Scenarios of Shifting Cultivation and its Consequences on Biodiversity
Jeshma Ntsou Bakwowi
National Centre For Education, Min. of Scientific Research and Innovations, Cameroon
In the Past, shifting cultivation was and still a traditional method of farming widely practice in Sub Sahara Africa. Farmers could cultivate a piece of land for subsistence and when the land loses its fertility, the farmer abandoned the land with no intention of coming back to it. However, this notion has changed; a piece land could be cultivated over and over in a very short period of time. On the premise that agriculture is profitable business, shifting cultivation is gradually given way to plantation agriculture. This shift in faming system is backed by government policy to promote agriculture in which wealthy civil servants destroy hectares of forest land to establish monoculture plants like Cocoa and plantains plantation. This evolution of farming system has weaknessed serious consequences on biodiversity. This works which is focused on empirical analysis is aimed at examine the evolution of shifting cultivation and the consequences of this evolution on biodiversity. It equally examine measures put in place by the government and NGOs to mitigate loss of biodiversity and to promote sustainable agricultural development.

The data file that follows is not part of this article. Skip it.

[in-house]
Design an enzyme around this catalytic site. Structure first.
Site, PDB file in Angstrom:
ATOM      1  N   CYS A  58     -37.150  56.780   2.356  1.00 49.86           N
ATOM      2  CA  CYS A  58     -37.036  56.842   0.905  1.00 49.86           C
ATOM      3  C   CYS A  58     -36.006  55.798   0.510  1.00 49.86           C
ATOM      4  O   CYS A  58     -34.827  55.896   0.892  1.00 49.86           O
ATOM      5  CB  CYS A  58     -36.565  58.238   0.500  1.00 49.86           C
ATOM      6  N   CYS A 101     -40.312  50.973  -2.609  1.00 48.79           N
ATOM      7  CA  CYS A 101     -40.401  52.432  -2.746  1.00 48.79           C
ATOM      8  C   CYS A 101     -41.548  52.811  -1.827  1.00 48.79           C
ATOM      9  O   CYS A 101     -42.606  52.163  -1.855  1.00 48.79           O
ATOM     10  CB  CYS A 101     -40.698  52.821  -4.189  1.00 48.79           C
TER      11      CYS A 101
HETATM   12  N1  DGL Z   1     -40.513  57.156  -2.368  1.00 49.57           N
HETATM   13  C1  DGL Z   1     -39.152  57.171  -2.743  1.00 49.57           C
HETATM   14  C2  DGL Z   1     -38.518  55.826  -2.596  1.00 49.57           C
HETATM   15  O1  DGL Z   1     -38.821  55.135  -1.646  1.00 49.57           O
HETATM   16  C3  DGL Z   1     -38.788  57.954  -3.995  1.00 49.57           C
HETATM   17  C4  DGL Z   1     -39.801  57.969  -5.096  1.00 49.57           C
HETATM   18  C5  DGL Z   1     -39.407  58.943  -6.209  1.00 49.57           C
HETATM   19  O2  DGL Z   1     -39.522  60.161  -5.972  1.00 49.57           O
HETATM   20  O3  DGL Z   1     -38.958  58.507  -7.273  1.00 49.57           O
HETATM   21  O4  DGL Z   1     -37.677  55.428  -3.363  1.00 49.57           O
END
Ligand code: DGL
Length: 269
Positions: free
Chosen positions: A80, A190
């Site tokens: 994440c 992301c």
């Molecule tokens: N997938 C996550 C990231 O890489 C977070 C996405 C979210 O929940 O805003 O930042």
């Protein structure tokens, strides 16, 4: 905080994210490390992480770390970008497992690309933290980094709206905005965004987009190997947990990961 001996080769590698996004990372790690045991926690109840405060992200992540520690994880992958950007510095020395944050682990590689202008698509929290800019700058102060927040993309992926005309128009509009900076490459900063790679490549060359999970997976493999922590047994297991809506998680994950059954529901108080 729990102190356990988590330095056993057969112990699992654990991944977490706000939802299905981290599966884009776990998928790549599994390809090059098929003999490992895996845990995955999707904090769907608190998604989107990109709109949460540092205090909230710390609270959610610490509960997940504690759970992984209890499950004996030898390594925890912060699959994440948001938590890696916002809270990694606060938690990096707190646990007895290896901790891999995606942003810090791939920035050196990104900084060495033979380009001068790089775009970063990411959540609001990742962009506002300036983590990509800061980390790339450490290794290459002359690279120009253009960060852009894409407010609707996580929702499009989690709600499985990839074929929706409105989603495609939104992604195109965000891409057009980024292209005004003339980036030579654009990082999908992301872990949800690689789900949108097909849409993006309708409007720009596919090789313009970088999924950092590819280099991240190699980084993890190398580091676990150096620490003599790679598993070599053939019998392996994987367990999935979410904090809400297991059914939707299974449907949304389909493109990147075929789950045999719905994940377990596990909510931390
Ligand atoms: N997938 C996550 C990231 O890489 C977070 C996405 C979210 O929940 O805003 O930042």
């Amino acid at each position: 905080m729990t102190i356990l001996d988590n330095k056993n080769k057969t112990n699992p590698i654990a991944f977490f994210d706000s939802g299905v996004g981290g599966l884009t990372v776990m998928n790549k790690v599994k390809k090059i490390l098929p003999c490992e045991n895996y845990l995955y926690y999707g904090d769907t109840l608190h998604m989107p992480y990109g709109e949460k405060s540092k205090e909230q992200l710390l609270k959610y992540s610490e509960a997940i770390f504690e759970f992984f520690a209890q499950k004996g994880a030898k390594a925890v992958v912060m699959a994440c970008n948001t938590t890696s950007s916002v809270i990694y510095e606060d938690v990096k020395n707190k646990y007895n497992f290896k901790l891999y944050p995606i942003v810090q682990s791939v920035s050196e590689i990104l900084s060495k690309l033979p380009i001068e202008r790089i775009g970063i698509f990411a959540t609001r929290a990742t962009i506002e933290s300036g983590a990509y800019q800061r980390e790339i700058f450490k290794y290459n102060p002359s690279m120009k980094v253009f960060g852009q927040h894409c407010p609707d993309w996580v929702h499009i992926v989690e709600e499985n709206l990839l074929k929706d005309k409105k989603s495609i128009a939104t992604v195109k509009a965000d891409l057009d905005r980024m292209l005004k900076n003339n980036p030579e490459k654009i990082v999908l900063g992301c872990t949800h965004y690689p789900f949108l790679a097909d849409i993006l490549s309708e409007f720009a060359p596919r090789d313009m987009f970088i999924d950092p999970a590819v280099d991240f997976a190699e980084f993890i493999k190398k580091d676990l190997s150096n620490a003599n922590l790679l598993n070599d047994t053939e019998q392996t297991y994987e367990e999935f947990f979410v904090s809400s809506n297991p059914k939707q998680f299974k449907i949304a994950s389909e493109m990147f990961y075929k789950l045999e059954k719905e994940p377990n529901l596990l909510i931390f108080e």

Keywords: Loss of biodiversity, plantation agriculture, shifting cultivation
Contact Address: Jeshma Ntsou Bakwowi, National Centre For Education, Min. of Scientific Research and Innovations, Yaoundé, Cameroon, e-mail: jeshmabyahoo.com